- Larry Gopnick from A Serious Man? A serious way to cap off the top 20.
Is there anyone else?
Yeah, how about young Mattie Ross from True Grit? She was really good and held her own in a cold, unforgiving world. Ross could maybe sneak into the top ten but it would be tough, kind of like the old west, and I really can’t stress enough how poorly I would do in such a situation. I mean, starting a fire alone without the friendly assistance of a starter log would be problematic enough but I also have this thing about bad teeth and there had to have been so many bad teeth in the old west. I’d be gagging uncontrollably and then would likely die of dysentery.
So that settles it then.
In no particular order, our top five are Marge Gunderson, Walter Sobchak, Anton Chigurh, H.I. McDunnough, and The Dude. H.I. and Walter are coin flip at five and four and Anton is a lock at three. That would mean The Dude is at two and Marge is number one. Right? This is it, this is done. We had some fun and now it’s time to move on, see where you can stream Burn After Reading, and go about your business.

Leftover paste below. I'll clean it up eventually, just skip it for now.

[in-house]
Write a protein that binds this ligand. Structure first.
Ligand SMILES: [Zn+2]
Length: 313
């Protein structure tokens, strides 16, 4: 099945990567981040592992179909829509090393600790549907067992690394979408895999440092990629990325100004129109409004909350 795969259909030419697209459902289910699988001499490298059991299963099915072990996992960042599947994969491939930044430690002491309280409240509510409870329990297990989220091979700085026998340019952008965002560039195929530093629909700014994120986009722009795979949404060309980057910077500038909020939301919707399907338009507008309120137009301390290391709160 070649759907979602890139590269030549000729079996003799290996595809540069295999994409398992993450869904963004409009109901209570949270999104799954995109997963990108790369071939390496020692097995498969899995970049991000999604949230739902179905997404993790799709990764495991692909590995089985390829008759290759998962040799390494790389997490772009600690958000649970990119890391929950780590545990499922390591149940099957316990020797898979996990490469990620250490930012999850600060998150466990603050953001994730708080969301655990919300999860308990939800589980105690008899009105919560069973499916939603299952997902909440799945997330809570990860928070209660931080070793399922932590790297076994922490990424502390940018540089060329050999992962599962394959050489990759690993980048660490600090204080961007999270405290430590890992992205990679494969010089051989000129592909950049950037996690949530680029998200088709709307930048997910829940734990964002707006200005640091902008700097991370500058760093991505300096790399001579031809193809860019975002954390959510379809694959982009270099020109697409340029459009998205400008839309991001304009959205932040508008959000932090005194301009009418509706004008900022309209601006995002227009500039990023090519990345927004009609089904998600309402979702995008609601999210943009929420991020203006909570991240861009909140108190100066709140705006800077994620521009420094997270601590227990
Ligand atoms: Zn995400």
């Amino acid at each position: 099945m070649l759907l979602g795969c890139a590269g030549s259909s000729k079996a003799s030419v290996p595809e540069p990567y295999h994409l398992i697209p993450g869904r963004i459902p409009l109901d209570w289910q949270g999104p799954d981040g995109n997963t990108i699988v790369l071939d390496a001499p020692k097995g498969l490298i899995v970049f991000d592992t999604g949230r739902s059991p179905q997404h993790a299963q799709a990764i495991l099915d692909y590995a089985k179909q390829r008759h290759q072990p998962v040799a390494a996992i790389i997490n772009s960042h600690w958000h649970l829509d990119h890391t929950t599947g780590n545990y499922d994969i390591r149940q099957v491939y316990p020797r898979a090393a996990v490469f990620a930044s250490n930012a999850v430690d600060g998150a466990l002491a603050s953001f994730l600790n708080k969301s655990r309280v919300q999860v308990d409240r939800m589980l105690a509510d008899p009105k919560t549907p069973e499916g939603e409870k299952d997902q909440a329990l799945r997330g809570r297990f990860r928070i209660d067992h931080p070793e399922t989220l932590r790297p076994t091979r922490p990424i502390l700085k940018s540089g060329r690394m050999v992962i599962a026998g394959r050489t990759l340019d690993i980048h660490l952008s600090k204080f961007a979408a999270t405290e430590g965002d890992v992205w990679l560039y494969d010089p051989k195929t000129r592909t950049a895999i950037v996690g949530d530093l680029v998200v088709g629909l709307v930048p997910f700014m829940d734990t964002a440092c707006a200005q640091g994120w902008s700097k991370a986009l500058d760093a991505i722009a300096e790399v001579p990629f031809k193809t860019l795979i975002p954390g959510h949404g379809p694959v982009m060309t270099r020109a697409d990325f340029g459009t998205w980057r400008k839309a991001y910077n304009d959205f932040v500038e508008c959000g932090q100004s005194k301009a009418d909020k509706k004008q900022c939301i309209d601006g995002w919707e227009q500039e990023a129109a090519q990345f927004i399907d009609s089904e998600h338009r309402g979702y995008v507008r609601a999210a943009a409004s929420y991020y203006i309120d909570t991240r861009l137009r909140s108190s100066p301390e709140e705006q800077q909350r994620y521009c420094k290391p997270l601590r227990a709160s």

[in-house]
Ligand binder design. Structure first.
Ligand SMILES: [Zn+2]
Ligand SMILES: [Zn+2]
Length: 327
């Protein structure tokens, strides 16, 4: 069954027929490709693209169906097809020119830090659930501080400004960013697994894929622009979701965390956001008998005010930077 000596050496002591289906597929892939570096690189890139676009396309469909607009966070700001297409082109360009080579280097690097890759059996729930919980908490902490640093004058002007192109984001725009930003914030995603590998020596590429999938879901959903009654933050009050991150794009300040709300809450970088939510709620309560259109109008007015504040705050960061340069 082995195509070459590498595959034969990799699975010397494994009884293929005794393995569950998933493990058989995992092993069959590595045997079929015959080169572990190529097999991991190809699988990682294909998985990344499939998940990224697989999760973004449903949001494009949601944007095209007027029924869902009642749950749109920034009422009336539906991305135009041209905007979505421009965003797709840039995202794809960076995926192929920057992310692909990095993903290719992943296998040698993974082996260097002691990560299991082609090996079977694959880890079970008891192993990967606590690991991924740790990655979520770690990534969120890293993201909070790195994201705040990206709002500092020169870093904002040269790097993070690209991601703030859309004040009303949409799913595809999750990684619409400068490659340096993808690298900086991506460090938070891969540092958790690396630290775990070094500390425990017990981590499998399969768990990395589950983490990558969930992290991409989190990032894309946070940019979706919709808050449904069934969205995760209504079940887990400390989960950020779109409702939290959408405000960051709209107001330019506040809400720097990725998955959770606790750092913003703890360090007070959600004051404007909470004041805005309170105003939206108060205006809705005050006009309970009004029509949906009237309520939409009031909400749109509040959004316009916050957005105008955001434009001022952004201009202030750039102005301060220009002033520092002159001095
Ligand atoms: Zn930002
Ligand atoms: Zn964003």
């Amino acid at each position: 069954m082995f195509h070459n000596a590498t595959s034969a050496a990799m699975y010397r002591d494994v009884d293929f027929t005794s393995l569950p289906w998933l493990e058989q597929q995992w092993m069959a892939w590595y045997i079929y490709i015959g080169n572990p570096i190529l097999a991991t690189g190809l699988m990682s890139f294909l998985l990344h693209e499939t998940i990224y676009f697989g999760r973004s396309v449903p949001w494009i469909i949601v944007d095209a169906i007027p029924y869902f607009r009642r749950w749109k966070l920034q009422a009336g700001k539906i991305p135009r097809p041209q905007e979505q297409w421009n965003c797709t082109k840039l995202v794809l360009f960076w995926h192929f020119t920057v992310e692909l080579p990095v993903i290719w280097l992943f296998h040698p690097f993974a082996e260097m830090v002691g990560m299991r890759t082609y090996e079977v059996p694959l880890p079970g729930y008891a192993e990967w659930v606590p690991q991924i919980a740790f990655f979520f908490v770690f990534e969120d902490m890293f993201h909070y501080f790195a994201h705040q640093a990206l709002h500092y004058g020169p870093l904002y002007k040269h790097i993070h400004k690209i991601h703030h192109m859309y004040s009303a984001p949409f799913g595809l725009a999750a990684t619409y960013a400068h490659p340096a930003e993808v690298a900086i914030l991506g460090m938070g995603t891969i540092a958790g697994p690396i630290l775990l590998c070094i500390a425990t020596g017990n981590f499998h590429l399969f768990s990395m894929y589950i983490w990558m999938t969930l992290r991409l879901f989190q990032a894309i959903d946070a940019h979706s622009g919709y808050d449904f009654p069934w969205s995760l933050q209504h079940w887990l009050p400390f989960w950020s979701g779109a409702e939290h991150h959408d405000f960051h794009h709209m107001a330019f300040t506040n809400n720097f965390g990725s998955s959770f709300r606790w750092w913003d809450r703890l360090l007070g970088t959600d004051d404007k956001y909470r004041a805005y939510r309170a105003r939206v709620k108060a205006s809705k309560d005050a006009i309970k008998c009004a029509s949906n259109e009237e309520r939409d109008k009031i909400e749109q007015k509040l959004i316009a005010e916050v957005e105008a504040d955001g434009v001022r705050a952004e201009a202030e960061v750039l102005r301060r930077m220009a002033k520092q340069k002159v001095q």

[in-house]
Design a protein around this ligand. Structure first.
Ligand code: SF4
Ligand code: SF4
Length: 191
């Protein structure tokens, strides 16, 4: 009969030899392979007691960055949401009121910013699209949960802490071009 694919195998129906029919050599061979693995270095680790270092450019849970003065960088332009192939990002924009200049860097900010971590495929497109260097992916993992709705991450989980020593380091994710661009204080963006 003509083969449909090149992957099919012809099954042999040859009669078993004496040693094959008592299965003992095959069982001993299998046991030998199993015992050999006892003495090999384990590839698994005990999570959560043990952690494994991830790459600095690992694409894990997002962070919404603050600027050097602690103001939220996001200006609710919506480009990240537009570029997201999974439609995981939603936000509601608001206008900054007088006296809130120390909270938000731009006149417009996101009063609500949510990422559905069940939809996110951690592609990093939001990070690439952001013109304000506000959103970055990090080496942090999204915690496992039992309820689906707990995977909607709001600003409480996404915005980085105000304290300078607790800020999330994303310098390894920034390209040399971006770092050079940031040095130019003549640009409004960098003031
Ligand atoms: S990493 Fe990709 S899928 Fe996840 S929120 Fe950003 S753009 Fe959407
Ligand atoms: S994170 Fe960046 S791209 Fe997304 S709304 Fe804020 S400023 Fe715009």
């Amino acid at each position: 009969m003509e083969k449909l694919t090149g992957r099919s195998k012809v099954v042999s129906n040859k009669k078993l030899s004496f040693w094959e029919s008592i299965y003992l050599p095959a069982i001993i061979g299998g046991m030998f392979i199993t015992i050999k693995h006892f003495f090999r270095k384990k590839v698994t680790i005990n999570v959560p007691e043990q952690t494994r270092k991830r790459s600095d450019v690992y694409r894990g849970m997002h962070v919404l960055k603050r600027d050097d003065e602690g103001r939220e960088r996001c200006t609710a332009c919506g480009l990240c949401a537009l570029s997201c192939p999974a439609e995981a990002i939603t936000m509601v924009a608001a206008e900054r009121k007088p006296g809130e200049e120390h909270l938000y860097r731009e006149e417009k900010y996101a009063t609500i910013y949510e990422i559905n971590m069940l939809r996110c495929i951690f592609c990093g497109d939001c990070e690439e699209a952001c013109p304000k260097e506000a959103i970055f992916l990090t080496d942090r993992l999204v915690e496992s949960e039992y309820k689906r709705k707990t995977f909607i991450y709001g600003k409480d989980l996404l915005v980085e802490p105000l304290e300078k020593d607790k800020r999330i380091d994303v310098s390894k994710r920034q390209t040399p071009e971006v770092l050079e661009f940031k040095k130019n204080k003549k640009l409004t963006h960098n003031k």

Or is it?
Is Marge really number one?
Or is it (pause for dramatic effect) THE DUDE?
Yeah, it’s The Dude. It’s Jeffrey Lebowski. Not the rich, miserable Jeffery Lebowski but the other Jeffrey Lebowski, the one who likes bowling, joints, White Russians, and little else.
Marge Gunderson is an all-time great movie character but The Dude is an iconic character who transcends a specific medium. We will see versions of Marge again but I don’t know if we’ll see another version of The Dude, someone who operates at his own frequency, dances to his own tune and exists very comfortably and happily in his own world. The Dude is a tie that binds friends together, a link between experiences, and a way to make sense of any number of situations via gifs and quotes.
From a history of movies standpoint, there’s Marge. But from a history of the world standpoint, there is the Dude, there will always be The Dude.
And now the case is closed.